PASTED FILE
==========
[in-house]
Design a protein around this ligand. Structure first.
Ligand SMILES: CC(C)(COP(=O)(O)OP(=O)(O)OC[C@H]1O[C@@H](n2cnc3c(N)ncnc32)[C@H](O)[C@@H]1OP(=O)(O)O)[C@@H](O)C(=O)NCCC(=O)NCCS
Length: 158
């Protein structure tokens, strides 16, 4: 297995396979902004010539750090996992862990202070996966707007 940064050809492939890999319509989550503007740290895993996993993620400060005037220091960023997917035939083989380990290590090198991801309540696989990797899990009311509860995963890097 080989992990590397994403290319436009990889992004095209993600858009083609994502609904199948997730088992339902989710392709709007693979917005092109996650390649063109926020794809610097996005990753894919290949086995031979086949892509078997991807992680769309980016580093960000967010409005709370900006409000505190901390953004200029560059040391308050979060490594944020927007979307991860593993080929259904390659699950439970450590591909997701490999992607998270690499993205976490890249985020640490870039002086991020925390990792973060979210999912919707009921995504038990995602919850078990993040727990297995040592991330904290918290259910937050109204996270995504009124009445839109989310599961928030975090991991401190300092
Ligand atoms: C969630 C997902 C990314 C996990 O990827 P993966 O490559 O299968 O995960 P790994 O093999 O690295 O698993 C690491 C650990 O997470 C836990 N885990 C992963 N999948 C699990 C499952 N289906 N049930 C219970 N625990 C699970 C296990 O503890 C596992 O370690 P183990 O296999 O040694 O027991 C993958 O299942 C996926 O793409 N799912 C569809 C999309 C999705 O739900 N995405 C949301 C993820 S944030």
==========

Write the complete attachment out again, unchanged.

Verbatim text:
[in-house]
Design a protein around this ligand. Structure first.
Ligand SMILES: CC(C)(COP(=O)(O)OP(=O)(O)OC[C@H]1O[C@@H](n2cnc3c(N)ncnc32)[C@H](O)[C@@H]1OP(=O)(O)O)[C@@H](O)C(=O)NCCC(=O)NCCS
Length: 158
């Protein structure tokens, strides 16, 4: 297995396979902004010539750090996992862990202070996966707007 940064050809492939890999319509989550503007740290895993996993993620400060005037220091960023997917035939083989380990290590090198991801309540696989990797899990009311509860995963890097 080989992990590397994403290319436009990889992004095209993600858009083609994502609904199948997730088992339902989710392709709007693979917005092109996650390649063109926020794809610097996005990753894919290949086995031979086949892509078997991807992680769309980016580093960000967010409005709370900006409000505190901390953004200029560059040391308050979060490594944020927007979307991860593993080929259904390659699950439970450590591909997701490999992607998270690499993205976490890249985020640490870039002086991020925390990792973060979210999912919707009921995504038990995602919850078990993040727990297995040592991330904290918290259910937050109204996270995504009124009445839109989310599961928030975090991991401190300092
Ligand atoms: C969630 C997902 C990314 C996990 O990827 P993966 O490559 O299968 O995960 P790994 O093999 O690295 O698993 C690491 C650990 O997470 C836990 N885990 C992963 N999948 C699990 C499952 N289906 N049930 C219970 N625990 C699970 C296990 O503890 C596992 O370690 P183990 O296999 O040694 O027991 C993958 O299942 C996926 O793409 N799912 C569809 C999309 C999705 O739900 N995405 C949301 C993820 S944030």